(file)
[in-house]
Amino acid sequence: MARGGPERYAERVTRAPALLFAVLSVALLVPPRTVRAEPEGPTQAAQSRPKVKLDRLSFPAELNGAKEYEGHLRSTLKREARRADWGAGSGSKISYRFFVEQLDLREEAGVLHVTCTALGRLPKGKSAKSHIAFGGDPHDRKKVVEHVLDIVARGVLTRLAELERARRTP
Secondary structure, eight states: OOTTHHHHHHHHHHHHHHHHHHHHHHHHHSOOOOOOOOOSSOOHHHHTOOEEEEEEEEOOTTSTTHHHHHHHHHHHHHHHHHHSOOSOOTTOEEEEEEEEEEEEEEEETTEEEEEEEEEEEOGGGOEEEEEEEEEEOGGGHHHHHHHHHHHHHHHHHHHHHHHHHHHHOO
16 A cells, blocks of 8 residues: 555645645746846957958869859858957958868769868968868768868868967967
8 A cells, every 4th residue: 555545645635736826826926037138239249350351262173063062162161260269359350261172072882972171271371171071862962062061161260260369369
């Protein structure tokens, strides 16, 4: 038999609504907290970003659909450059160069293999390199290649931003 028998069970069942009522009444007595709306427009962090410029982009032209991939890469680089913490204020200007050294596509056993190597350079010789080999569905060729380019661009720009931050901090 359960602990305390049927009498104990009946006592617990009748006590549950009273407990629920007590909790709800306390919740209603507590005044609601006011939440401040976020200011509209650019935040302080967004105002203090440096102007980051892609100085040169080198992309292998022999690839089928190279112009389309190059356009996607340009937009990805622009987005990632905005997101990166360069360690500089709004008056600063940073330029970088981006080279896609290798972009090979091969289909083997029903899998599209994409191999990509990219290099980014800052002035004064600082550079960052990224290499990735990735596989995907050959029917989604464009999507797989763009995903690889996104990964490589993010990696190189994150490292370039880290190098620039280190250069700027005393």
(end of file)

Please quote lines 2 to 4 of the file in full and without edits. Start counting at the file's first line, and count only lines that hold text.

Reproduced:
Amino acid sequence: MARGGPERYAERVTRAPALLFAVLSVALLVPPRTVRAEPEGPTQAAQSRPKVKLDRLSFPAELNGAKEYEGHLRSTLKREARRADWGAGSGSKISYRFFVEQLDLREEAGVLHVTCTALGRLPKGKSAKSHIAFGGDPHDRKKVVEHVLDIVARGVLTRLAELERARRTP
Secondary structure, eight states: OOTTHHHHHHHHHHHHHHHHHHHHHHHHHSOOOOOOOOOSSOOHHHHTOOEEEEEEEEOOTTSTTHHHHHHHHHHHHHHHHHHSOOSOOTTOEEEEEEEEEEEEEEEETTEEEEEEEEEEEOGGGOEEEEEEEEEEOGGGHHHHHHHHHHHHHHHHHHHHHHHHHHHHOO
16 A cells, blocks of 8 residues: 555645645746846957958869859858957958868769868968868768868868967967